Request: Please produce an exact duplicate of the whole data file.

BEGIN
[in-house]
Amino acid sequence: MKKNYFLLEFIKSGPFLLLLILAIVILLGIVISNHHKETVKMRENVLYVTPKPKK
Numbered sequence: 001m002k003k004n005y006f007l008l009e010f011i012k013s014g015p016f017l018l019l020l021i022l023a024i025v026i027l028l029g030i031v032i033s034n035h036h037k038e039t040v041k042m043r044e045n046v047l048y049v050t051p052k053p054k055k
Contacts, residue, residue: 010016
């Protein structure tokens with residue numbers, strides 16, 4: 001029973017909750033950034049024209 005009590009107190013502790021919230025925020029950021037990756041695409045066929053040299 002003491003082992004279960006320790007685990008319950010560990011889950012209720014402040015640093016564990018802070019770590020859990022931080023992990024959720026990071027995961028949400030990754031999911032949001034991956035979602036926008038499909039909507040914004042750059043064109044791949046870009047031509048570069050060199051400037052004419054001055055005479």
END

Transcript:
[in-house]
Amino acid sequence: MKKNYFLLEFIKSGPFLLLLILAIVILLGIVISNHHKETVKMRENVLYVTPKPKK
Numbered sequence: 001m002k003k004n005y006f007l008l009e010f011i012k013s014g015p016f017l018l019l020l021i022l023a024i025v026i027l028l029g030i031v032i033s034n035h036h037k038e039t040v041k042m043r044e045n046v047l048y049v050t051p052k053p054k055k
Contacts, residue, residue: 010016
């Protein structure tokens with residue numbers, strides 16, 4: 001029973017909750033950034049024209 005009590009107190013502790021919230025925020029950021037990756041695409045066929053040299 002003491003082992004279960006320790007685990008319950010560990011889950012209720014402040015640093016564990018802070019770590020859990022931080023992990024959720026990071027995961028949400030990754031999911032949001034991956035979602036926008038499909039909507040914004042750059043064109044791949046870009047031509048570069050060199051400037052004419054001055055005479």